Haim Treves

Haim Treves
Tel Aviv University | TAU

PhD
Building a group, looking for enthusiastic students and post-docs, and a trained analytical/organic chemist.

About

17
Publications
4,832
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321
Citations
Introduction
Haim Treves currently works at the Max-Planck Institute for Molecular Plant Physiology, Golm, Germany. Haim does research in Plant metabolomics, Microbiology and Botany. His most recent publication is 'Carbon flux through photosynthesis and central carbon metabolism show distinct patterns between algae, C3 and C4 plants'.

Publications

Publications (17)
Article
Full-text available
Excess illumination damages the photosynthetic apparatus with severe implications with regard to plant productivity. Unlike model organisms, the growth of Chlorella ohadii, isolated from desert soil crust, remains unchanged and photosynthetic O2 evolution increases, even when exposed to irradiation twice that of maximal sunlight. Spectroscopic, bio...
Article
The factors rate-limiting growth of photosynthetic organisms under optimal conditions are controversial [1-8]. Adaptation to extreme environments is usually accompanied by reduced performance under optimal conditions [9, 10]. However, the green alga Chlorella ohadii, isolated from a harsh desert biological soil crust [11-17], does not obey this rul...
Article
Full-text available
The unparalleled performance of Chlorella ohadii under irradiances of twice full sunlight underlines the gaps in our understanding of how the photosynthetic machinery operates, and what sets its upper functional limit. Rather than succumbing to photodamage under extreme irradiance, unique features of photosystem II function allow C. ohadii to maint...
Article
The green alga Chlorella sp. and the filamentous cyanobacterium Leptolyngbya sp., regularly cope with various stressors including frequent hydration–desiccation cycles. When grown in axenic cultures, Chlorella sp. is unable to resurrect even after very slow desiccation unless desiccation takes place in the presence of Leptolyngbya sp. or a lysate t...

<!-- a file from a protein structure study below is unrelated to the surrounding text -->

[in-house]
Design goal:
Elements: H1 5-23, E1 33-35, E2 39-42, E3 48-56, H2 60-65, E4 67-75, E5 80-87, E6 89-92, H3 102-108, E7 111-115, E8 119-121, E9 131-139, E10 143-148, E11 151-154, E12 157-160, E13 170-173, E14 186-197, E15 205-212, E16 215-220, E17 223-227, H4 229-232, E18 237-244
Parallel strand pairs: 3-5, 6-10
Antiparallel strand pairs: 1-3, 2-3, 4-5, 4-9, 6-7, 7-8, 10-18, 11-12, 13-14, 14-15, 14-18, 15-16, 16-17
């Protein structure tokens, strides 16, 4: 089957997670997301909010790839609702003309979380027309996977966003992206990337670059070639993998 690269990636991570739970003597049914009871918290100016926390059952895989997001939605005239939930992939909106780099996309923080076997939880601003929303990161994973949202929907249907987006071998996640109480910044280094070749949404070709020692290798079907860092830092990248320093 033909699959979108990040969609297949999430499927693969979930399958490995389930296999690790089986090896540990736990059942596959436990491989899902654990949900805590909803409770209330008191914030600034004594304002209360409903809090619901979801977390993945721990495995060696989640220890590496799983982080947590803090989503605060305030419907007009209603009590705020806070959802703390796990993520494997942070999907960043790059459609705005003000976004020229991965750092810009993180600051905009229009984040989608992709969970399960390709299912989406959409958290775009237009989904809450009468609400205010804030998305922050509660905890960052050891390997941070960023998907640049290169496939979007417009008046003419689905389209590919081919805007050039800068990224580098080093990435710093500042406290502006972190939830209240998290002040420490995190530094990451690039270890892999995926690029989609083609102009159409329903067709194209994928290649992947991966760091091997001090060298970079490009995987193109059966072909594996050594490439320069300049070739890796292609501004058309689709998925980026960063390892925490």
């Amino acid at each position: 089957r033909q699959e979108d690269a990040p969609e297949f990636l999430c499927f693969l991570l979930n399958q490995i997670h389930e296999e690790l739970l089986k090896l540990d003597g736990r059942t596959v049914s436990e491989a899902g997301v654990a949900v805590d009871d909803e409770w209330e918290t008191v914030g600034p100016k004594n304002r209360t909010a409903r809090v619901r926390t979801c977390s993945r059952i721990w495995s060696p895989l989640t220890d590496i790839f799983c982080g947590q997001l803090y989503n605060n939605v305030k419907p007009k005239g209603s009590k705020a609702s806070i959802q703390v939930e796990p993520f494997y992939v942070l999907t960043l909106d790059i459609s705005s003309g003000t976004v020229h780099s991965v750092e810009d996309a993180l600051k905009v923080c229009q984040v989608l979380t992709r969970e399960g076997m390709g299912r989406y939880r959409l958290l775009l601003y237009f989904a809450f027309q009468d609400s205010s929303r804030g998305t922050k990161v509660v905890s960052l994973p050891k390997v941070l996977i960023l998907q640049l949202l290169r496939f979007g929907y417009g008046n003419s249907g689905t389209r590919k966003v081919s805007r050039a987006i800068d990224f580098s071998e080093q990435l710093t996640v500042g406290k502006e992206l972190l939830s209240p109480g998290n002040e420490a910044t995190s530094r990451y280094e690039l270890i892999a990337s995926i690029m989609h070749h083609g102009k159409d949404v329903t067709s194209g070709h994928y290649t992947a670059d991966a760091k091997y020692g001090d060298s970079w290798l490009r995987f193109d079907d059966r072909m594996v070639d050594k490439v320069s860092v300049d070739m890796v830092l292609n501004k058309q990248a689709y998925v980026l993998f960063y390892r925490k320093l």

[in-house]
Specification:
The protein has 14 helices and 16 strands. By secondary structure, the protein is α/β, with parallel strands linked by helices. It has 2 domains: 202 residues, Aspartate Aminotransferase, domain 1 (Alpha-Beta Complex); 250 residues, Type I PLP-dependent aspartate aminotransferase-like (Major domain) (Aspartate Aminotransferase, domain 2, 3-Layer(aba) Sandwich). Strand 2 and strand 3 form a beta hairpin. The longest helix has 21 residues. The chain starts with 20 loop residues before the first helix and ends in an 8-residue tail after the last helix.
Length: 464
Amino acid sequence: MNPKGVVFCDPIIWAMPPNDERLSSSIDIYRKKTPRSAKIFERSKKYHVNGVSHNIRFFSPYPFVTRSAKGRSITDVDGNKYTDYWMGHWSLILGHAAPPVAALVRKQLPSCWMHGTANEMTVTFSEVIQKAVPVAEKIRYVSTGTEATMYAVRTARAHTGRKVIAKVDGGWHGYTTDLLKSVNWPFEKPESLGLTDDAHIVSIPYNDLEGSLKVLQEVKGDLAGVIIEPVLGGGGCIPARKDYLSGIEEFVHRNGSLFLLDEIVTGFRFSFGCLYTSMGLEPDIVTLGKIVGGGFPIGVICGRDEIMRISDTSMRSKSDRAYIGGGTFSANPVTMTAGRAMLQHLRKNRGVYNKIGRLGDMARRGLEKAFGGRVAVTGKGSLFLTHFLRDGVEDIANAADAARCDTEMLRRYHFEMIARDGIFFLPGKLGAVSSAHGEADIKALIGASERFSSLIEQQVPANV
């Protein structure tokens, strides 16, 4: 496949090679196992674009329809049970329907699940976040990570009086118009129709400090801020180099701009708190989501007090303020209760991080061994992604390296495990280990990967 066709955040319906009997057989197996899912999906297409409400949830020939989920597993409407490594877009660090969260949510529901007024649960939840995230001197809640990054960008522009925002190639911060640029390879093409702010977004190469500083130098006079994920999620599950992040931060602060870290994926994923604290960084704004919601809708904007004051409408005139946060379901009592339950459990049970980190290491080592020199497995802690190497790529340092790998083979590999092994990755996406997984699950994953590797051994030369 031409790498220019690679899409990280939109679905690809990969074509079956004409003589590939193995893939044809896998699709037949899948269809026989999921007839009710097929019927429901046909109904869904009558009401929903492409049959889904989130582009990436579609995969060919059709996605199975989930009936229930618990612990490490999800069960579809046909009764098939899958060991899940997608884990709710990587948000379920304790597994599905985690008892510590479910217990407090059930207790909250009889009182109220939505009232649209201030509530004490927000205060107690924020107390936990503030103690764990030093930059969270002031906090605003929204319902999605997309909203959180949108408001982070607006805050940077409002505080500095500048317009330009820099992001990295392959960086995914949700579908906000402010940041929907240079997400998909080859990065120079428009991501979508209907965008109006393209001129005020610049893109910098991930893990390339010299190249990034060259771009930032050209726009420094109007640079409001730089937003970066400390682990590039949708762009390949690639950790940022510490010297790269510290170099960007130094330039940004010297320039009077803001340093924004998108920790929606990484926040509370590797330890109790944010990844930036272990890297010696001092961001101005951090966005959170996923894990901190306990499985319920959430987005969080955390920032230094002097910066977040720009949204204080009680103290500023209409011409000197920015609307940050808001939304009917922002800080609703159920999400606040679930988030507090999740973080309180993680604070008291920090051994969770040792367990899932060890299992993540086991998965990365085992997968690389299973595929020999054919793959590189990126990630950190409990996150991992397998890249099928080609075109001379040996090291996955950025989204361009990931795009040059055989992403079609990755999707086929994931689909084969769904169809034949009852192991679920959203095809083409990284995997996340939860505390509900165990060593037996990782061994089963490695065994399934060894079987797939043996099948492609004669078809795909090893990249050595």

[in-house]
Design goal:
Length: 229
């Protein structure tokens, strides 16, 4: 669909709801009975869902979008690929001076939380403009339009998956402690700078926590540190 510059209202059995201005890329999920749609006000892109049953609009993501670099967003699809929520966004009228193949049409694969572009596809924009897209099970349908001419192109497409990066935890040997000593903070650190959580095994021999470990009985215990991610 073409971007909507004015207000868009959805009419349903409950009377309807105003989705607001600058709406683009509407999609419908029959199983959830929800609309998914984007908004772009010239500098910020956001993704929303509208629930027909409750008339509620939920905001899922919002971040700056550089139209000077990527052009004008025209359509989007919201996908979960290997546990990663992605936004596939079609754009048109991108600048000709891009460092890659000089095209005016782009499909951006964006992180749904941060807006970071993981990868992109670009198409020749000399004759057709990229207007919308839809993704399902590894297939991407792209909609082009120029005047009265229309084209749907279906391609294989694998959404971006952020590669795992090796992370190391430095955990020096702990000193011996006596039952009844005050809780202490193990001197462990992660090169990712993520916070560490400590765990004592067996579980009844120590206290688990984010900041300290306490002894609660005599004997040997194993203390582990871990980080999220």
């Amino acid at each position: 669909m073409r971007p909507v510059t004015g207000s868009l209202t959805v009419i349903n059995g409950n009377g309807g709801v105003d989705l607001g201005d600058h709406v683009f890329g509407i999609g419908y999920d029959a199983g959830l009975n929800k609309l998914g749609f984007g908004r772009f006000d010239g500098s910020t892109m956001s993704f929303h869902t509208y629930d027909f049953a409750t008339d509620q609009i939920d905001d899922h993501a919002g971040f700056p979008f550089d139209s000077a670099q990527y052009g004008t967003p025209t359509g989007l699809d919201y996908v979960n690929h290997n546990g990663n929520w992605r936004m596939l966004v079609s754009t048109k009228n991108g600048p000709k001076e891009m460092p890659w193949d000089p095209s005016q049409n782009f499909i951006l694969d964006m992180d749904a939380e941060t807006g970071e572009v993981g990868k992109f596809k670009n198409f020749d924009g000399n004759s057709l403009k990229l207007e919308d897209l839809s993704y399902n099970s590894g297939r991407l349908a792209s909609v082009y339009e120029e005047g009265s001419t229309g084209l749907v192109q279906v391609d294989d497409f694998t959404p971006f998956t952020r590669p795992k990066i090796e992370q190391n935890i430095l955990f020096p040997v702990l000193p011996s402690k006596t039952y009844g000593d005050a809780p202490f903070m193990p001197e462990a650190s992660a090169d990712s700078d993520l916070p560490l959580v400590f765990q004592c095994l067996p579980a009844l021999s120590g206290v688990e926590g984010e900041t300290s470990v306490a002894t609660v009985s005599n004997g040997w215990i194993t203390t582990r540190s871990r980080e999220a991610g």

Article
Full-text available
Photosynthesis-related pathways are regarded as a promising avenue for crop improvement. Whilst empirical studies have shown that photosynthetic efficiency is higher in microalgae than in C 3 or C 4 crops, the underlying reasons remain unclear. Using a tailor-made microfluidics labelling system to supply ¹³ CO 2 at steady state, we investigated in...
Preprint
Cyanobacteria and eukaryotic algae make a major contribution to global photosynthetic productivity. To cope with the low availability of CO 2 in aqueous systems they deploy inorganic carbon-concentrating mechanisms (CCMs). These concentrate CO 2 in microcompartments that contain Rubisco (carboxysomes in cyanobacteria; pyrenoids in green algae). The...
Article
Introduction During the arms race between plants and pathogens, pathogenesis-related proteins (PR) in host plants play a crucial role in disease resistance, especially PR1. PR1 constitute a secretory peptide family, and their role in plant defense has been widely demonstrated in both hosts and in vitro. However, the mechanisms by which they control...
Article
Full-text available
Botany-derived antimicrobial peptides (BAMPs), a class of small, cysteine-rich peptides produced in plants, are an important component of the plant immune system. Both in vivo and in vitro experiments have demonstrated their powerful antimicrobial activity. Besides in plants, BAMPs have cross-kingdom applications in human health, with toxic and/or...
Article
Full-text available
Photosynthesis in deserts is challenging since it requires fast adaptation to rapid night-to-day changes, that is, from dawn’s low light (LL) to extreme high light (HL) intensities during the daytime. To understand these adaptation mechanisms, we purified photosystem I (PSI) from Chlorella ohadii, a green alga that was isolated from a desert soil c...